Why Blink and not Gecko?
You weren't in the meetings, so you don't know the way they chose it.
That said, all current browser engines are of roughly equivalent technical merit. That leaves, in terms of comparisons to consider, economic and web-compatibility concerns. In short, "Will the engine be broadly supported and written for in ten years?" "Is it platform-agnostic?" "Can we develop on top of it and accomplish our development goals with relative ease?" and "Which engine will provide us the fastest and deepest market penetration?"
wojtek last edited by
economic and web-compatibility concerns. In short, "Will the engine be broadly supported and written for in ten years?"
That's very disappointing reasoning given that supposedly we have "web standards"... and in the end we end up with poor chrome-clones and terrible and bloated engine...
Also: mozilla is making it's ways with servo et al - maybe it Vivaldi could adopt it in the future...
@wojtek Yes. "Web Standards." Opera Presto died fighting on that hill.
Blackbird last edited by Blackbird
... That's very disappointing reasoning given that supposedly we have "web standards"... and in the end we end up with poor chrome-clones and terrible and bloated engine...
There are "web standards", and then there are the ways that site coders choose to do things... and they're too often not the same. Many of the popular websites are continually bending or "interpreting" the 'standards' in order to get their sites to do "creative" things - or else ignoring some of the 'standards' entirely because of poor-quality coding. However, all that matters to the vast majority of browser users is whether the website they're trying to view renders properly in the browser they're using, regardless of how that site may be coded.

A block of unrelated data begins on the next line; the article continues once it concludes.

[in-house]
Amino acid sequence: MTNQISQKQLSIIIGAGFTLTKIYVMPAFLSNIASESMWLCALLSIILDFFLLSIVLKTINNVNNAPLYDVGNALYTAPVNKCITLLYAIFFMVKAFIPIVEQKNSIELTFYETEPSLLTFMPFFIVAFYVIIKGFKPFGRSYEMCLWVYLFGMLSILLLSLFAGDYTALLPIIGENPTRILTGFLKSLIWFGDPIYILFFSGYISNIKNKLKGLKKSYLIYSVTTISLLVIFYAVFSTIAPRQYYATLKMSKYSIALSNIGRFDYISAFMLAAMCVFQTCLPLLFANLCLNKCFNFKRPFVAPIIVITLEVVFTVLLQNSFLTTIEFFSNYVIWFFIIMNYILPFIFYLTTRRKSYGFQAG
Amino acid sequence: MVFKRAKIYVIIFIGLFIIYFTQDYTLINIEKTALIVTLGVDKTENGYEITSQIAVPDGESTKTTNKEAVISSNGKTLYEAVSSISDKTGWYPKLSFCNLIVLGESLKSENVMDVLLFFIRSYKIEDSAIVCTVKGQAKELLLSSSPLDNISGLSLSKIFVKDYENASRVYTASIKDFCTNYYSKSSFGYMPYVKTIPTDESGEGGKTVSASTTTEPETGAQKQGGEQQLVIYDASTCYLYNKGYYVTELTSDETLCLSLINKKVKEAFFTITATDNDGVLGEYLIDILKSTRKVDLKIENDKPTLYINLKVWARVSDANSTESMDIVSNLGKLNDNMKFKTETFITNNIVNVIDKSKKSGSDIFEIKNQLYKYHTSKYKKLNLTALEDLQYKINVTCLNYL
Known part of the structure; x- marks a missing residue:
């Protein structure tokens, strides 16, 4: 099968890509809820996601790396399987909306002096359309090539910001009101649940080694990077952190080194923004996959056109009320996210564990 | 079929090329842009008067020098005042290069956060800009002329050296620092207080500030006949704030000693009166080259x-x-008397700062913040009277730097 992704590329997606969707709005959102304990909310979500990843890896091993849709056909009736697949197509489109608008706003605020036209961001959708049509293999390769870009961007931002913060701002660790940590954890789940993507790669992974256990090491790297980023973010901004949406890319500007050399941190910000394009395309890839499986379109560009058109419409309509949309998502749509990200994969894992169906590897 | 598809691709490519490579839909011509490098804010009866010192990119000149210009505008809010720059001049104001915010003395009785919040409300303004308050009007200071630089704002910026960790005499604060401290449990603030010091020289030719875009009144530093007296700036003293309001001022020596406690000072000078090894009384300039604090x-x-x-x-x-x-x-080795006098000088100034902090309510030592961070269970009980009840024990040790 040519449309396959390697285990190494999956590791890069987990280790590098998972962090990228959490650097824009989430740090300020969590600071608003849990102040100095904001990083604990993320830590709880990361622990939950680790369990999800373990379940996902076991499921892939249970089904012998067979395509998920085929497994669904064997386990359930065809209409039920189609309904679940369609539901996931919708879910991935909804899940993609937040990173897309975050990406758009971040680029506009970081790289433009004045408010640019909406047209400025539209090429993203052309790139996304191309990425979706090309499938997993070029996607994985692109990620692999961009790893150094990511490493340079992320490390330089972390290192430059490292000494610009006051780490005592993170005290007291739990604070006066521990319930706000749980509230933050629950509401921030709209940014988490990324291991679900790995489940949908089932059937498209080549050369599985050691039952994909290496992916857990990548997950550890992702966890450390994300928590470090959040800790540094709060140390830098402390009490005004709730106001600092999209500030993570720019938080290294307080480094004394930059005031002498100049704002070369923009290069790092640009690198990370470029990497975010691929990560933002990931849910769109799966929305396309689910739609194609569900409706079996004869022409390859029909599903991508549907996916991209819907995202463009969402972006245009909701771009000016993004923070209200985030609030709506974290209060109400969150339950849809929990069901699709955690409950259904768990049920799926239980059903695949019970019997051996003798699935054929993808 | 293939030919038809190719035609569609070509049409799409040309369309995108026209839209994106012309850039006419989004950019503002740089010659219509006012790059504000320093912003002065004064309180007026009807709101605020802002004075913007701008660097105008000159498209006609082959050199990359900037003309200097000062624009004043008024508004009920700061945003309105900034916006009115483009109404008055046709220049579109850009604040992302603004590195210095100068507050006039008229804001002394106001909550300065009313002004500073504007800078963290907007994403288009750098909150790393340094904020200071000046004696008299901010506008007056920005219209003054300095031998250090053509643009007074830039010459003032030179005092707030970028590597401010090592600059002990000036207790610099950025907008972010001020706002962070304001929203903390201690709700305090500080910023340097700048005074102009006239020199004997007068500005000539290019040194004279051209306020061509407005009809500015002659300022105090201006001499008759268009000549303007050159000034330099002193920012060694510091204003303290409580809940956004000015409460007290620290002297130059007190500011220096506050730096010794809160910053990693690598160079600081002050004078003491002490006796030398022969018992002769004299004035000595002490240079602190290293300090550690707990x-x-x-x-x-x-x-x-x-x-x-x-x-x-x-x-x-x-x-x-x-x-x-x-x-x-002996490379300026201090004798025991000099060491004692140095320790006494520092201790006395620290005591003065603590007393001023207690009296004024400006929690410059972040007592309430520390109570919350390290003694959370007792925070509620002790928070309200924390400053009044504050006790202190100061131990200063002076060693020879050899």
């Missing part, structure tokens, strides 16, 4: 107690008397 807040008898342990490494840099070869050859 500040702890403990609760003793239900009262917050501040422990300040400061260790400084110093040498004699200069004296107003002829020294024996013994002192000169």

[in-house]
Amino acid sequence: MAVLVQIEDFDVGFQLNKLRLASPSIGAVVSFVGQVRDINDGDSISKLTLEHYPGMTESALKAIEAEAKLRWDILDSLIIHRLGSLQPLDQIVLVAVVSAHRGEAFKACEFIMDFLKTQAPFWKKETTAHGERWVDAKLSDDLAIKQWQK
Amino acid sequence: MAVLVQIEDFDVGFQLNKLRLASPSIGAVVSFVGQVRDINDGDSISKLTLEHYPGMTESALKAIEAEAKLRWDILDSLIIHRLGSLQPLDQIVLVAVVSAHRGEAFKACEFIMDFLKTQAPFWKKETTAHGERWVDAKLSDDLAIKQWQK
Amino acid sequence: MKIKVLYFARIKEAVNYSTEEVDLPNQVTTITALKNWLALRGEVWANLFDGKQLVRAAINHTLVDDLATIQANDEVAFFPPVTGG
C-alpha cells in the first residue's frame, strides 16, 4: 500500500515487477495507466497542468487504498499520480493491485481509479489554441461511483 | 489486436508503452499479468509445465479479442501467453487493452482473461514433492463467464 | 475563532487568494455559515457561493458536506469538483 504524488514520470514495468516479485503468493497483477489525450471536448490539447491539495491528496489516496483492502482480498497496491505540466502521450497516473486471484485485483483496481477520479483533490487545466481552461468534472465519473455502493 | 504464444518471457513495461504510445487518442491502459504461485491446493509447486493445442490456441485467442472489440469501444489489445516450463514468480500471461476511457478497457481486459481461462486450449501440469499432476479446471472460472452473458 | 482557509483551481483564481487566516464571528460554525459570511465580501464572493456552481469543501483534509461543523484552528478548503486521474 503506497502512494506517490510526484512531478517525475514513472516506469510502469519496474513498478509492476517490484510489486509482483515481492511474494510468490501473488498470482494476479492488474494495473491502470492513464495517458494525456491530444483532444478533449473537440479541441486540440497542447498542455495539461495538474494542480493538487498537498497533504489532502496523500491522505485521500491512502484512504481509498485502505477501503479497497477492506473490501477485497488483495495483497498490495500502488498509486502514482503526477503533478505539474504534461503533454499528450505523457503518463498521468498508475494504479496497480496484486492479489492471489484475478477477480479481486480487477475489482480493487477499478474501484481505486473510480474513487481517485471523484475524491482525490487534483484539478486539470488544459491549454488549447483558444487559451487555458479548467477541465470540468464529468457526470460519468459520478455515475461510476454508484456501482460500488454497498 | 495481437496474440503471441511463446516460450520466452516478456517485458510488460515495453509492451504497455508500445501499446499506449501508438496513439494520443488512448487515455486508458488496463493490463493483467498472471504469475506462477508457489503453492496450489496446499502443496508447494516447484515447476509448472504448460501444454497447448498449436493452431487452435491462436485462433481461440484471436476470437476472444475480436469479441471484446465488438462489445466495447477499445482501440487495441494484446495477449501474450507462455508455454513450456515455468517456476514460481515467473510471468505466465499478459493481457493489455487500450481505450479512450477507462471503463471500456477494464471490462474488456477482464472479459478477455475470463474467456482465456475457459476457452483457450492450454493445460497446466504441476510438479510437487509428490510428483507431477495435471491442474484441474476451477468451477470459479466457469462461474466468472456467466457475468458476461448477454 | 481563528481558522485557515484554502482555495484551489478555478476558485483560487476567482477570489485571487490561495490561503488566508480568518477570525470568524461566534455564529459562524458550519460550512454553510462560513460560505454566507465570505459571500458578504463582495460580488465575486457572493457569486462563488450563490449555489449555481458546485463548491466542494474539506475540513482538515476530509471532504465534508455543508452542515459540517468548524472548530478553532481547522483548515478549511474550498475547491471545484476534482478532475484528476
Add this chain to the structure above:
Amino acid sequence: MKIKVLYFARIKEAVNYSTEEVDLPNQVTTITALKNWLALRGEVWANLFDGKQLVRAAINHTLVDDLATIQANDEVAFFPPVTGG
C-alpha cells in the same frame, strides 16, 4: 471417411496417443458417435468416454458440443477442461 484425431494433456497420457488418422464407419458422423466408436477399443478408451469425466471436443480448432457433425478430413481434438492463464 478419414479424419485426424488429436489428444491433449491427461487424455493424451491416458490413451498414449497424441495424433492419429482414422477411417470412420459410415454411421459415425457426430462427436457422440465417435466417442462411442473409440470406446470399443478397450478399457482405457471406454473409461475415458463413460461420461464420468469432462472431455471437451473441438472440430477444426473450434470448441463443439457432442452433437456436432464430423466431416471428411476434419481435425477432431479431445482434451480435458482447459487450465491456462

Websites discover very quickly that their coding variants often don't work well in every flavor of browser, hence they frequently only test and debug their site code against the idiosyncrasies of the biggest-name browser engine(s) and sniff out all the other kinds of browsers in order to block them (thus not having to wrangle in support with the thorny incompatibility issues encountered by users of less popular browsers that respond differently to the site's unique coding variants).
This has actually been going on for many years in largely the same way, though the standards involved have themselves changed a fair amount. To see the extremes to which this has been carried at times, simply check out what MSN did to Olde Opera and what Opera did in retaliation back in 2003 (ref: the now-legendary Opera Bork version)... and note: in Internet years, 14 years ago is a very long time.